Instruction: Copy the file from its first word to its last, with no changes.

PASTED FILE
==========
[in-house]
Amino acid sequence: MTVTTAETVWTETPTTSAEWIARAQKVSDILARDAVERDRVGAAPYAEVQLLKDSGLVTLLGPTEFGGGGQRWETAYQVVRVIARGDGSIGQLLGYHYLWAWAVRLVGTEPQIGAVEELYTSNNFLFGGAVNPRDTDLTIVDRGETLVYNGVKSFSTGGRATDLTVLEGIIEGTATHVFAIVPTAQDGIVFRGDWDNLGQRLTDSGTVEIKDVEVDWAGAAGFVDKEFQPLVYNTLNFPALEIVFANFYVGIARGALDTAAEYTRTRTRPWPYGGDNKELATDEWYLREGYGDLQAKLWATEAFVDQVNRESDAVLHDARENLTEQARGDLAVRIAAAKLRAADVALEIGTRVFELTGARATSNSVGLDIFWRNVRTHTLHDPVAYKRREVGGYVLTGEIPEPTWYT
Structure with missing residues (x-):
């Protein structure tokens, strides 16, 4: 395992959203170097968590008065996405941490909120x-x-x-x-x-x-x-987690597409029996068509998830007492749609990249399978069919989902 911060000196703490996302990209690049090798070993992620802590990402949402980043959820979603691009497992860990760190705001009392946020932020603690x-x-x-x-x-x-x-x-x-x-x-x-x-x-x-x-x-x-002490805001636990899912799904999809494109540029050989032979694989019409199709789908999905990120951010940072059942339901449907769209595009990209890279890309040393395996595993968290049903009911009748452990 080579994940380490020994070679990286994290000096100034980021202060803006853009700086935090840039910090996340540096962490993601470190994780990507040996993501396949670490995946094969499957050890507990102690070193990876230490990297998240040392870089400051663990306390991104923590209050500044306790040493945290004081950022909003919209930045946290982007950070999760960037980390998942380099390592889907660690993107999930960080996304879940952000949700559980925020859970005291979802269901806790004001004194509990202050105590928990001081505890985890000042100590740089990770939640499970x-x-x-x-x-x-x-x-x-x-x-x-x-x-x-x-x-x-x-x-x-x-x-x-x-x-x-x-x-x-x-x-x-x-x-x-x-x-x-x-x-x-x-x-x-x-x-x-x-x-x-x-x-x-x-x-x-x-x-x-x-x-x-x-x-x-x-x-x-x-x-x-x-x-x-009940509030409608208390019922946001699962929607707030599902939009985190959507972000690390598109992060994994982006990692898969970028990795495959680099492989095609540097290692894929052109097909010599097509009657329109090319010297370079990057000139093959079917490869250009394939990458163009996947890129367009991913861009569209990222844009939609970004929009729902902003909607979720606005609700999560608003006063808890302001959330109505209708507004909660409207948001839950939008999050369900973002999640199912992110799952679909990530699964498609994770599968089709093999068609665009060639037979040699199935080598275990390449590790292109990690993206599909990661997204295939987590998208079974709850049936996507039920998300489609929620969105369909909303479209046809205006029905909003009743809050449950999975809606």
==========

[in-house]
Amino acid sequence: MTVTTAETVWTETPTTSAEWIARAQKVSDILARDAVERDRVGAAPYAEVQLLKDSGLVTLLGPTEFGGGGQRWETAYQVVRVIARGDGSIGQLLGYHYLWAWAVRLVGTEPQIGAVEELYTSNNFLFGGAVNPRDTDLTIVDRGETLVYNGVKSFSTGGRATDLTVLEGIIEGTATHVFAIVPTAQDGIVFRGDWDNLGQRLTDSGTVEIKDVEVDWAGAAGFVDKEFQPLVYNTLNFPALEIVFANFYVGIARGALDTAAEYTRTRTRPWPYGGDNKELATDEWYLREGYGDLQAKLWATEAFVDQVNRESDAVLHDARENLTEQARGDLAVRIAAAKLRAADVALEIGTRVFELTGARATSNSVGLDIFWRNVRTHTLHDPVAYKRREVGGYVLTGEIPEPTWYT
Structure with missing residues (x-):
């Protein structure tokens, strides 16, 4: 395992959203170097968590008065996405941490909120x-x-x-x-x-x-x-987690597409029996068509998830007492749609990249399978069919989902 911060000196703490996302990209690049090798070993992620802590990402949402980043959820979603691009497992860990760190705001009392946020932020603690x-x-x-x-x-x-x-x-x-x-x-x-x-x-x-x-x-x-002490805001636990899912799904999809494109540029050989032979694989019409199709789908999905990120951010940072059942339901449907769209595009990209890279890309040393395996595993968290049903009911009748452990 080579994940380490020994070679990286994290000096100034980021202060803006853009700086935090840039910090996340540096962490993601470190994780990507040996993501396949670490995946094969499957050890507990102690070193990876230490990297998240040392870089400051663990306390991104923590209050500044306790040493945290004081950022909003919209930045946290982007950070999760960037980390998942380099390592889907660690993107999930960080996304879940952000949700559980925020859970005291979802269901806790004001004194509990202050105590928990001081505890985890000042100590740089990770939640499970x-x-x-x-x-x-x-x-x-x-x-x-x-x-x-x-x-x-x-x-x-x-x-x-x-x-x-x-x-x-x-x-x-x-x-x-x-x-x-x-x-x-x-x-x-x-x-x-x-x-x-x-x-x-x-x-x-x-x-x-x-x-x-x-x-x-x-x-x-x-x-x-x-x-x-009940509030409608208390019922946001699962929607707030599902939009985190959507972000690390598109992060994994982006990692898969970028990795495959680099492989095609540097290692894929052109097909010599097509009657329109090319010297370079990057000139093959079917490869250009394939990458163009996947890129367009991913861009569209990222844009939609970004929009729902902003909607979720606005609700999560608003006063808890302001959330109505209708507004909660409207948001839950939008999050369900973002999640199912992110799952679909990530699964498609994770599968089709093999068609665009060639037979040699199935080598275990390449590790292109990690993206599909990661997204295939987590998208079974709850049936996507039920998300489609929620969105369909909303479209046809205006029905909003009743809050449950999975809606």